Works in Progress - Winter 2019

The Delta Blues

A photographer documents former boomtowns in the South

By Naomi Shavin | December 3, 2018
Debbie Fleming Caffery, Charlie Horse. Clarksdale, Mississippi/Courtesy of the High Museum
Debbie Fleming Caffery, Charlie Horse. Clarksdale, Mississippi/Courtesy of the High Museum

Long before the “forgotten” people of America became the focus of postelection media coverage, Louisiana-based photographer Debbie Fleming Caffery was documenting former boomtowns that had lost their economic base and their population. Caffery is best known for her intimate black-and-white photographs of African-American men and women in the South. Her work has also taken her to brothels in Mexico and post–Hurricane Katrina New Orleans. In 2017, Atlanta’s High Museum commissioned Caffery for its ongoing Picturing the South series, allowing her to return to areas in rural Mississippi and Louisiana that she has visited and documented off and on for 30 years.

I started exploring these two areas—northern Louisiana and Mississippi in the Delta—in 1988. I took some photographs, but it wasn’t until 2011 that I really got into the work. Things had changed, of course, since 1988. Things were looking grim then in most of the downtown areas, but in 2011 things were really bad. I discovered all these little towns where the downtowns were boarded up or the buildings were collapsing and schools had closed and there weren’t doctors and there was barely a grocery store.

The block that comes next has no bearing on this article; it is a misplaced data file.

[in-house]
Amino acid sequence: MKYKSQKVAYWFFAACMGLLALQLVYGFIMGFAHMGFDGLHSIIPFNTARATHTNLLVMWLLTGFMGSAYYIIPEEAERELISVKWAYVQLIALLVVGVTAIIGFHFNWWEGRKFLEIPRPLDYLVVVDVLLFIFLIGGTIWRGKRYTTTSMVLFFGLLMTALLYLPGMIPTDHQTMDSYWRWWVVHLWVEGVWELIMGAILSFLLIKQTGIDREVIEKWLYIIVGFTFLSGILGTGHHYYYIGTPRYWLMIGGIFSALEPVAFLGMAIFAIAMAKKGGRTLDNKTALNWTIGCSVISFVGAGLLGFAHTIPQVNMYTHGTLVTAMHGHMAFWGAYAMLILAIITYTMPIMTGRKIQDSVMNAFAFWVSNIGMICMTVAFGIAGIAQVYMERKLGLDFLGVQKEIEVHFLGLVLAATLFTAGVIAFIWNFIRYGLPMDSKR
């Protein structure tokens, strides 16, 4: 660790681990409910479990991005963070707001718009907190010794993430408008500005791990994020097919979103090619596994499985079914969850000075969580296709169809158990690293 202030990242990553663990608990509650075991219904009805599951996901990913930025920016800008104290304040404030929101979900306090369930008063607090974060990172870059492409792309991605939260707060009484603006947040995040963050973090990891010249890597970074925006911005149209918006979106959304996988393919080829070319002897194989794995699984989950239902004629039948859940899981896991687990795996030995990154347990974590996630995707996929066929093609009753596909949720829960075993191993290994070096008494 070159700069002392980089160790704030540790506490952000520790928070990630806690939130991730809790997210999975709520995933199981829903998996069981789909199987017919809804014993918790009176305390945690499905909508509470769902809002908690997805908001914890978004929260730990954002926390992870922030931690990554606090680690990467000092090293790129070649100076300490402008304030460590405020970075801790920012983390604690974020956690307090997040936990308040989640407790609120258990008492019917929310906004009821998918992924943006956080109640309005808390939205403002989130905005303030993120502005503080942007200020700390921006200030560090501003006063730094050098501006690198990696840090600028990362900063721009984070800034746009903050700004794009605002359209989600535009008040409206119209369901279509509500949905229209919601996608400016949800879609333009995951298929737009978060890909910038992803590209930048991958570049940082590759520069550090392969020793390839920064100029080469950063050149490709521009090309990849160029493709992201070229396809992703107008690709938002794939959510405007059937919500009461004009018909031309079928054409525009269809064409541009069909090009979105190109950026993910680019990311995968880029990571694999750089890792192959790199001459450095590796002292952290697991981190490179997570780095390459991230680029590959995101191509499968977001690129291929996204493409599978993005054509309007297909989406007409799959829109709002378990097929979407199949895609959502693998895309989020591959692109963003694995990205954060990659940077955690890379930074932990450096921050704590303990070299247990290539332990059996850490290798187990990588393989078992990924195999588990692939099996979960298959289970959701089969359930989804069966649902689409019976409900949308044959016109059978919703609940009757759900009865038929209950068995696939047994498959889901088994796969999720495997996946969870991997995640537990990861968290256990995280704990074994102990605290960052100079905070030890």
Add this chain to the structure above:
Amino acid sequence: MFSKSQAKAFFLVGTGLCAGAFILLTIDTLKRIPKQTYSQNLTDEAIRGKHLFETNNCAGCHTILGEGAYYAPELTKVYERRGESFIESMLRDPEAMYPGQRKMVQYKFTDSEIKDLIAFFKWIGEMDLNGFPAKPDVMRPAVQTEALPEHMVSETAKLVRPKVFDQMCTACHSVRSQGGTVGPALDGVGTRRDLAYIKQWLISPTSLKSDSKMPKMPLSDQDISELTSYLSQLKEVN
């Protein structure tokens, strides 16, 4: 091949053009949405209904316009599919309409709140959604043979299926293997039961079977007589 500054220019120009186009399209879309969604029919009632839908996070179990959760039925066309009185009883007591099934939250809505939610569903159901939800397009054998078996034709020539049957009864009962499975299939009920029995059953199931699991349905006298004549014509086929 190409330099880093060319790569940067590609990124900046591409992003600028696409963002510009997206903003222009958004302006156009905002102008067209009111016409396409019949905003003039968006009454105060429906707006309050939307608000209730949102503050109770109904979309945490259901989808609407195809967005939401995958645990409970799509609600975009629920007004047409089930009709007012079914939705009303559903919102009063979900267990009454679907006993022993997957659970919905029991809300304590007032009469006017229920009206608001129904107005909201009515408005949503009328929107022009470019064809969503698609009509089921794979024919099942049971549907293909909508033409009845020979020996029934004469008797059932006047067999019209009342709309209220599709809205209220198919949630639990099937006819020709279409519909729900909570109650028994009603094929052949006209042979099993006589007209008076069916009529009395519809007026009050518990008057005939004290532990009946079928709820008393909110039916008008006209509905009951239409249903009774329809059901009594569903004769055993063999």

I photographed a lot in a little bar in Woodville, Mississippi, where everybody in town hung out. All these years I made prints of everyone, and even if I didn’t take pictures, I’d stop and talk to them. One of the people I photographed a lot was put in a nursing home, one died—all these things. I’d walk in, and they’d say, ‘We have bad news,’ and then they’d tell me. So that was a grounding place for me, because they really accepted me into the community.

I just always do the same thing. I get out of my car, and walk around, people start talking to me, and it leads to all kinds of things. People tell you stories. There’s this constant storytelling, but it’s true storytelling. I love stories. I grew up with a lot of good storytellers, and so it just fills me up.

Sometimes I do organize portraits. In fact, one of the pictures I love the most is of a couple that’s majorly in love, and they asked me to take some pictures of them together. The picture is extraordinary. I set it up where they were in the light, but I wasn’t thinking of taking a great picture. It just was luck. Luck happens.

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